I do feel that sometimes, this blog will turn into the days in the life and insight of Eizwan, since it’s all I do talk about. I suppose, I am excused since I just got married – so I’m allowed to be irritating and lovey-dovey. But on a more serious note, I am very grateful, on times like these for him. It’s not easy living with someone who is chronic and I can see people getting irritated when I suddenly go down, causing plans to be shelved. I am loved and I am grateful.

Ramadhan…and a bit of Sherlock

Ramadhan kareem everyone!

Granted this post is severely delayed, but I still thought it’d be nice to wish everyone a happy Ramadhan.

Ramadhan is one of those things, that despite your parents’ promises that it’ll get easier as time passes on, I find it gets harder for me. I suspect that it correlates with my asthma: since my asthma, unfortunately, has started to take a turn for the worse over the years, it just makes the fasting harder. Fasting stresses the body out, and when I’m stressed, my lungs get all wonky.

So the first week was a bit of a lost, battling insomnia as well as adjusting to fasting on my own well, with a roommate. Both our parents are sniggering, especially when we complain how overwhelming the sahur is. Of course I’ve had nearly 26 years of being spoilt, a hot meal in the morning as I crawl out of bed and then dozing off right after with no worries on who needs to clean up.

These days, it’s me and Eizwan who cook and clean up together – if we get a little lazy, we have two cats with very strange appetites who will attempt to eat up whatever we might have left behind. Hoho, if you think we are being careless – we certainly don’t expect cats to eat boiled salted eggs left on the countertop. But since they do, well, one just has to be a motherfucking adult.


In between the asthma and then being an adult, I found that the time to actually go back to my, ahem, telly and books. More so, I’ve fallen behind when it comes to the stuff I would watch and as I poked through my mum’s bookcases, reading. Certainly, the last thing that I have watched is The Great Game, the final episode of Sherlock.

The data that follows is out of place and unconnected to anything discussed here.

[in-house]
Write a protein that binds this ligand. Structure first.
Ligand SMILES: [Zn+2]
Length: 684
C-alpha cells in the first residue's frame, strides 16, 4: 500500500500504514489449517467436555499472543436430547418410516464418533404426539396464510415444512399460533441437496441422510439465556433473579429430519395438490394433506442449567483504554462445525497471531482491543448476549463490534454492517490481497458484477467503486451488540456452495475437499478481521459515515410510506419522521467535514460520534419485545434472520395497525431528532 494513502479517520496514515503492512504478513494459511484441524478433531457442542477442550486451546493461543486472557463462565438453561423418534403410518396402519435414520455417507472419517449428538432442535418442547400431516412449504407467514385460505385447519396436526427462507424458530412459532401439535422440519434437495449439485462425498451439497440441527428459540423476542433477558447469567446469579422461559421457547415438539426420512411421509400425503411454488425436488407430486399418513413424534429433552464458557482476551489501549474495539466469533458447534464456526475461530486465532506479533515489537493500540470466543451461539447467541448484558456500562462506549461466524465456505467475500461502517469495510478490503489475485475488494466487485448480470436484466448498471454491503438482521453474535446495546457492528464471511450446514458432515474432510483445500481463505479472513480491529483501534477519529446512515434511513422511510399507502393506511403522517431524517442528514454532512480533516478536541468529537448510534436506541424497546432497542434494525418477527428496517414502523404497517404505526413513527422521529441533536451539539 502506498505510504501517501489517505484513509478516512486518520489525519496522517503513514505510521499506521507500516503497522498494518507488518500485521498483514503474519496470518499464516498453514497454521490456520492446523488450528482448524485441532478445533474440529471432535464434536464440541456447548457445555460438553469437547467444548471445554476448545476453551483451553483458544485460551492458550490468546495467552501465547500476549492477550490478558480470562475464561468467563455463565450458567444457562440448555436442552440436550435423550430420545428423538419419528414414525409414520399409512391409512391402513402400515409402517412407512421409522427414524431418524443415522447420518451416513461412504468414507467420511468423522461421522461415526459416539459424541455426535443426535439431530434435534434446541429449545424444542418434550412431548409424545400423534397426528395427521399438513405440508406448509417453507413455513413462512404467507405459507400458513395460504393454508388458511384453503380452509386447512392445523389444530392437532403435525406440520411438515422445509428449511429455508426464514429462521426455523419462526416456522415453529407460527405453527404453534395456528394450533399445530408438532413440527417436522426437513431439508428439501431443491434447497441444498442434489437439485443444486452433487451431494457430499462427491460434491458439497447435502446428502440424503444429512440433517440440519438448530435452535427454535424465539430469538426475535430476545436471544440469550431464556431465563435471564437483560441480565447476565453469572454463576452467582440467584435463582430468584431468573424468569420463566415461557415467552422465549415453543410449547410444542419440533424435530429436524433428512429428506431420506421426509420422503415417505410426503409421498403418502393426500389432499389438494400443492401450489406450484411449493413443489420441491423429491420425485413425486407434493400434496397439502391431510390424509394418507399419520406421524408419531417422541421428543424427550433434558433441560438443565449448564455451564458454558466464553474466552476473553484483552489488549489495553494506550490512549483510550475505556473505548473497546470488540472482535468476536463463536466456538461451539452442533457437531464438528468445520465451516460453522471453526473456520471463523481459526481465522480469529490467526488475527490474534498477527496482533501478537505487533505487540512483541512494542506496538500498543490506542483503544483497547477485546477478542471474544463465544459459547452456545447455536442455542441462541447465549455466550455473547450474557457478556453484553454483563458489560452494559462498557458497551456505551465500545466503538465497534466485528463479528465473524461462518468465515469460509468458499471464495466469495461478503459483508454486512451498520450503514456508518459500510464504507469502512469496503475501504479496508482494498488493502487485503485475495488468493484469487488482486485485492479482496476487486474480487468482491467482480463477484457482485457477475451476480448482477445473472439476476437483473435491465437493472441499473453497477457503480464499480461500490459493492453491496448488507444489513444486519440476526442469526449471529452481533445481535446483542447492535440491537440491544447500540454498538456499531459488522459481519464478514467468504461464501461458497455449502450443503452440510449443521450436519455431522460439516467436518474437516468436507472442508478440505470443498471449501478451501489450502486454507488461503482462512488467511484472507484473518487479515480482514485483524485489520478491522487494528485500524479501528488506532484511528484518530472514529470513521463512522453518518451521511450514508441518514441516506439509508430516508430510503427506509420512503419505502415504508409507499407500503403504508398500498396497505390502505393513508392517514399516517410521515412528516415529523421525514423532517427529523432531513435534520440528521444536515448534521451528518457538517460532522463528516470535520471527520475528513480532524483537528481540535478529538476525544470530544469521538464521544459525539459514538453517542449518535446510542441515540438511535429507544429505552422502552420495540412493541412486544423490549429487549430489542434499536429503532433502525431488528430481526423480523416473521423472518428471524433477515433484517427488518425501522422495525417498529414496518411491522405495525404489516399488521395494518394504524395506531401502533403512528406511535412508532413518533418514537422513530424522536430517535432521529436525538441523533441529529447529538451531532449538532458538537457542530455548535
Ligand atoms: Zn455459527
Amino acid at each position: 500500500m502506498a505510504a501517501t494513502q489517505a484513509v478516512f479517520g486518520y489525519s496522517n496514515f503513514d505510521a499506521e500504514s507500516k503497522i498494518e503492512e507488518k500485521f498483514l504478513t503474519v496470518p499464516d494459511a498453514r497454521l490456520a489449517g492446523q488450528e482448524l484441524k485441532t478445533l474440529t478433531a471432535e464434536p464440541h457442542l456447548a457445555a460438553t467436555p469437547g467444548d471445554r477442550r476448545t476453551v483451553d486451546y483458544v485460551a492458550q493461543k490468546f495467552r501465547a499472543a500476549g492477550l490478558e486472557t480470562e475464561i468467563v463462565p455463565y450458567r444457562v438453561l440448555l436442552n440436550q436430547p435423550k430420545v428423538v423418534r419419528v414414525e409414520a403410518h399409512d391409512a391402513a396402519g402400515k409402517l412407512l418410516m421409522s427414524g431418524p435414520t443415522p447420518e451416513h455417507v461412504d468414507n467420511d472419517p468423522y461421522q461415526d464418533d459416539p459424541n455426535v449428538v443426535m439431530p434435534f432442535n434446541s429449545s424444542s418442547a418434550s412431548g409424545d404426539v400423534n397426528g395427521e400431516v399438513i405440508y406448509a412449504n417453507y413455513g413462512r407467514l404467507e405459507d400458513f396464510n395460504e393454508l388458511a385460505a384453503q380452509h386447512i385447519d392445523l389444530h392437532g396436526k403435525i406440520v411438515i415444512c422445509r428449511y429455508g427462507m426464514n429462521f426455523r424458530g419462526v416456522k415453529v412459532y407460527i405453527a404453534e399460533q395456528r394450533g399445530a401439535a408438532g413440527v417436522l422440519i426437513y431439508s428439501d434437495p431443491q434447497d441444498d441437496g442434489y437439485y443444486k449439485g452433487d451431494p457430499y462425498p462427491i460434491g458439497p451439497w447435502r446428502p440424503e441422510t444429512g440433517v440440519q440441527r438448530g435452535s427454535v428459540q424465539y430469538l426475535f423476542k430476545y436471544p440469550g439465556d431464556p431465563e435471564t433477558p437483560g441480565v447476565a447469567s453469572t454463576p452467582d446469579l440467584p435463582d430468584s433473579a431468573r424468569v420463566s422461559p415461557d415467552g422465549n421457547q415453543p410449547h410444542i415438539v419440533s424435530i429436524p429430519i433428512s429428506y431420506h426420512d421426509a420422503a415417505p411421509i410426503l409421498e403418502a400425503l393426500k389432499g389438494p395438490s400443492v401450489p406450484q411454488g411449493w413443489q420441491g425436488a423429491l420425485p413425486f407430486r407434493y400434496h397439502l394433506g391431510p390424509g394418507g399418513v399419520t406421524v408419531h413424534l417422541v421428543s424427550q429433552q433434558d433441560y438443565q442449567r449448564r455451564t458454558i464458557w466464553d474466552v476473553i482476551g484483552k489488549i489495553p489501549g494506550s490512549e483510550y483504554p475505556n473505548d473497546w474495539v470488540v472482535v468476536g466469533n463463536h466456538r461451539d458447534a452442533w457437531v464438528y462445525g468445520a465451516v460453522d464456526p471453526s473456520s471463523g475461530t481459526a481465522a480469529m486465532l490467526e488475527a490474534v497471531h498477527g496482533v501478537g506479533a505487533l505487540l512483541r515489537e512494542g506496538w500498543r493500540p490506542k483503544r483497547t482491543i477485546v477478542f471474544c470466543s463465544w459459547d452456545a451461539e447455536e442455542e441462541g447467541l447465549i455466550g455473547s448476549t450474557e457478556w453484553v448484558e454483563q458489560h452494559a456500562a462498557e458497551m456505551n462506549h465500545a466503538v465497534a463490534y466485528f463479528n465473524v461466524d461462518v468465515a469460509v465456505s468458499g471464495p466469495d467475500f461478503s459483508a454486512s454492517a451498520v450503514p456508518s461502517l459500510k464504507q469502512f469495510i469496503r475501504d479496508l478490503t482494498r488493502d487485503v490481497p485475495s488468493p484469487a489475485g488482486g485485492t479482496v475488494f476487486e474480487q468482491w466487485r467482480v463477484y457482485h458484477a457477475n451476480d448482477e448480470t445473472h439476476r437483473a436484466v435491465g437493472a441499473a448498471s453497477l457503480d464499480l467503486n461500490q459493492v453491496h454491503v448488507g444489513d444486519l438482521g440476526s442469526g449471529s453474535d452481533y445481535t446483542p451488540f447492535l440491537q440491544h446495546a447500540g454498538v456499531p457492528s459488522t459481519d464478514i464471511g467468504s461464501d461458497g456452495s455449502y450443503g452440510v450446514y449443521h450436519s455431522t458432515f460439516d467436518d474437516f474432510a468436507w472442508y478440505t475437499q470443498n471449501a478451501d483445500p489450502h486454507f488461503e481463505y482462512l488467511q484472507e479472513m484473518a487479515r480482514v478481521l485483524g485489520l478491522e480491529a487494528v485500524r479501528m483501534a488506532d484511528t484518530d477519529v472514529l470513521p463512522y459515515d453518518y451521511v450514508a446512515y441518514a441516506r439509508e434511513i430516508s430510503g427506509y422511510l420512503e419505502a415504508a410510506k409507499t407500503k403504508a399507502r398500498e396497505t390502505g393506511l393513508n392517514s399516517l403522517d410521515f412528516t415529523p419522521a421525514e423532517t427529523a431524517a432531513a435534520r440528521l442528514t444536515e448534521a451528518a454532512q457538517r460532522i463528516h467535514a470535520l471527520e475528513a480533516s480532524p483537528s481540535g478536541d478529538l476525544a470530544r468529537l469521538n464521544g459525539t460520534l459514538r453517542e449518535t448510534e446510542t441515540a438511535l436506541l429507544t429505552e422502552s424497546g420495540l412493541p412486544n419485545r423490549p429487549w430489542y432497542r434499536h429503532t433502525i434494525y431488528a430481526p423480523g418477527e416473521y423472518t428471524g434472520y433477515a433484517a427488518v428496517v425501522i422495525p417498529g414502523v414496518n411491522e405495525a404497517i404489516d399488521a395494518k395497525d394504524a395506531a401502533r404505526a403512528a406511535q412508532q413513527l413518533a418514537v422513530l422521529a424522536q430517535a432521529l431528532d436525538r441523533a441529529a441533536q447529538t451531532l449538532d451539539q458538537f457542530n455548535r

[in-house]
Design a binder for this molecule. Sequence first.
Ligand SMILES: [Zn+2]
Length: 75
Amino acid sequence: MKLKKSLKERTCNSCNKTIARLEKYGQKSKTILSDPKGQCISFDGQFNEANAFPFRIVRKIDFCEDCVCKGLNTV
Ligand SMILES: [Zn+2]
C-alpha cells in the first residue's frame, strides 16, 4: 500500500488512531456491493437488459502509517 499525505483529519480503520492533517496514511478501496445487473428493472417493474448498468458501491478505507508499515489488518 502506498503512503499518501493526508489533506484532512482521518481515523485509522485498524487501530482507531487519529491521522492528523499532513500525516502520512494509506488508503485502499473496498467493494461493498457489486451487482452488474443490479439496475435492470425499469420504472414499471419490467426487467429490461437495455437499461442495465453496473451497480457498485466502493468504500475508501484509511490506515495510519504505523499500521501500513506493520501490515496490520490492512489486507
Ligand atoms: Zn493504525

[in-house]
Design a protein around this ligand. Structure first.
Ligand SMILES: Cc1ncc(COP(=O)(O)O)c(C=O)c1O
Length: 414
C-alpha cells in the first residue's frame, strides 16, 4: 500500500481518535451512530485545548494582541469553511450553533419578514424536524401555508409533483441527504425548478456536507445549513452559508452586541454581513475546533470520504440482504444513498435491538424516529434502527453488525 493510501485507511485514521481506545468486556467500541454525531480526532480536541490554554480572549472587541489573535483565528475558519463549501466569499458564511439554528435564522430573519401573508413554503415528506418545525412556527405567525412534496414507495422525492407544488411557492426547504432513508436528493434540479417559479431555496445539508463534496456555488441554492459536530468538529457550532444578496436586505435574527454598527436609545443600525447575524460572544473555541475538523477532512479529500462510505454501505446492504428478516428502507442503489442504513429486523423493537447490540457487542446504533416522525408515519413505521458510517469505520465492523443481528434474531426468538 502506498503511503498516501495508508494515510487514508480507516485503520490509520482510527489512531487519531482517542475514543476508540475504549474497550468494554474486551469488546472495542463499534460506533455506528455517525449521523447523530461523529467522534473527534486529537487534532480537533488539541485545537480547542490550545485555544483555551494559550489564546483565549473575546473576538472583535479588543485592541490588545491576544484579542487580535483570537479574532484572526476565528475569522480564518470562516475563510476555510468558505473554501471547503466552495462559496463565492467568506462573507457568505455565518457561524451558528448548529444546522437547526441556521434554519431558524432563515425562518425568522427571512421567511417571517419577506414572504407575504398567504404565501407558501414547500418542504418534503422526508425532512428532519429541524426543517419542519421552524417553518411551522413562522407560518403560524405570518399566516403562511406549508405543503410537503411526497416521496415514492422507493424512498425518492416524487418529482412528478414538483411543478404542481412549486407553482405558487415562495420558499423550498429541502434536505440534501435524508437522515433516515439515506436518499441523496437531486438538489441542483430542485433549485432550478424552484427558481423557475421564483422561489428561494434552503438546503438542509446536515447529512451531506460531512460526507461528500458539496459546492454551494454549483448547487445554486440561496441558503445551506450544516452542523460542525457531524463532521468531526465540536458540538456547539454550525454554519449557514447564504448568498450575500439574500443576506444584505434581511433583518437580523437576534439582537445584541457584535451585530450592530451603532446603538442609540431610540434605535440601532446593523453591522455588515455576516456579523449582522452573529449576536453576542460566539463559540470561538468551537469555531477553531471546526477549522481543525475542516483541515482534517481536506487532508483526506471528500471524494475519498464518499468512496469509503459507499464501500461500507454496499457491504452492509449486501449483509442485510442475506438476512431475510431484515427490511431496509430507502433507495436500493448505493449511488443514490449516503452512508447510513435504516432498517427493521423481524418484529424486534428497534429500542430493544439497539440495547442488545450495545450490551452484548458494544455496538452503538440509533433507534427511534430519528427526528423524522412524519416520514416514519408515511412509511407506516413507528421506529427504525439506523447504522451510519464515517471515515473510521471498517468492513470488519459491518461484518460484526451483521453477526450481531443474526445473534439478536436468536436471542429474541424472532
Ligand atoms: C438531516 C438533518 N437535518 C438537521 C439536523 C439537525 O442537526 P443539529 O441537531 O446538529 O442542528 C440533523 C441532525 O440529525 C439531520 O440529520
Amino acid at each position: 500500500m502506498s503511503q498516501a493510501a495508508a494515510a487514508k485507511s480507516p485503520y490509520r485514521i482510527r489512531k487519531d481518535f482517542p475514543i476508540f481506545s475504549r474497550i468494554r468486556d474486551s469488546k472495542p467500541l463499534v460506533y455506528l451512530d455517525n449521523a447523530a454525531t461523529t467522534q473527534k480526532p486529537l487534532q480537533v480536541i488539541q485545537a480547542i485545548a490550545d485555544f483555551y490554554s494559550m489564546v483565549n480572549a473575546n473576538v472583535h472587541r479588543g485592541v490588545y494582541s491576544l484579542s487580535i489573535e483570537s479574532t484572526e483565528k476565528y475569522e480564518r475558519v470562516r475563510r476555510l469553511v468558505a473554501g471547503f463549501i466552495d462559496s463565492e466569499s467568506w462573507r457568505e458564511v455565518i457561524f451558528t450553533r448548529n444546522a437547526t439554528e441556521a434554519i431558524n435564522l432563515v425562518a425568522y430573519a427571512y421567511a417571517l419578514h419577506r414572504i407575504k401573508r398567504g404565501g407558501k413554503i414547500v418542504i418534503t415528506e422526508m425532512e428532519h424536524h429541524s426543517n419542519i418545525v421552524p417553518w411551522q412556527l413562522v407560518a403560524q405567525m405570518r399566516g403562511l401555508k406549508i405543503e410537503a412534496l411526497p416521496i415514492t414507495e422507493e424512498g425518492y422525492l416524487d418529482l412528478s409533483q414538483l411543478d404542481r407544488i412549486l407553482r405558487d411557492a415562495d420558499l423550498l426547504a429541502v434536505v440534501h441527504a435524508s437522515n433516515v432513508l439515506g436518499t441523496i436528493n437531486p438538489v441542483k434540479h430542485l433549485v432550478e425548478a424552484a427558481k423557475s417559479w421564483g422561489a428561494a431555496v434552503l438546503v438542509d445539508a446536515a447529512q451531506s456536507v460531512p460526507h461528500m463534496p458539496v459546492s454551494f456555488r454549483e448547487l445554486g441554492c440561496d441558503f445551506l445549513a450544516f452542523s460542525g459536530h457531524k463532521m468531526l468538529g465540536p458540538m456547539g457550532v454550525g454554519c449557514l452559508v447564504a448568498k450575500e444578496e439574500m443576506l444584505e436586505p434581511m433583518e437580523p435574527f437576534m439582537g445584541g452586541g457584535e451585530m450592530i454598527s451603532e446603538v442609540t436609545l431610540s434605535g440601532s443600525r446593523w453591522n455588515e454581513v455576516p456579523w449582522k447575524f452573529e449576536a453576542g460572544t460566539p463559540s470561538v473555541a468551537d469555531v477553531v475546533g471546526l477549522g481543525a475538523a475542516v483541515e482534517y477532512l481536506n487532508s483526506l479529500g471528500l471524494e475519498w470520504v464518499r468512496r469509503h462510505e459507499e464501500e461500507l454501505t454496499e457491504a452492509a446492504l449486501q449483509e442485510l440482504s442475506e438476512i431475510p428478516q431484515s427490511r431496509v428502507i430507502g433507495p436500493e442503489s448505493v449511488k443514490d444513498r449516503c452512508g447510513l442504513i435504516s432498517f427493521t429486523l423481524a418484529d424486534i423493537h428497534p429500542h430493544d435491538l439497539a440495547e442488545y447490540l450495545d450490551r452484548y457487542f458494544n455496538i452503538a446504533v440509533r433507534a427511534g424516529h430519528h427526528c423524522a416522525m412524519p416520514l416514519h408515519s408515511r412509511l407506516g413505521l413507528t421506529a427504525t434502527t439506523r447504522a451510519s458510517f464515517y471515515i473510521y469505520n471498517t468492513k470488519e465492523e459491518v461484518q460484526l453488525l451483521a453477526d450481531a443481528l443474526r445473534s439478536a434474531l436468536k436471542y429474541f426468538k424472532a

Thankfully, it was a brilliant episode. I spent a lot of time gurgling about the episode to Eizwan and my brother. Eizwan rather liked it but Jan didn’t. I asked him a few times, he said it was alright but nowhere as smart as the first episode.

It made me think about what works for people, especially when it comes to stories. In the Great Game, what worked for me was the relationship between Sherlock and Watson, and John’s almost desperate belief that Sherlock is doing this because he is good person as opposed to it being a game.

I ought to re-watch it before I comment, but I couldn’t resist. I love the way Mark Gatiss wrote the episode. My favourite Gatiss Doctor Who episode was disliked by everyone in the family (The Lazarus Effect) and I’ve always loved how the characters in his story always question their purpose and the reason why they do the things they do – and often times, he suggests that their purpose is never as good as we purport them to be. This particular series has a Holmes that is cold and detached, and I quite like the suggestion that Holmes does good because he is bored, not necessarily because he wants to do good.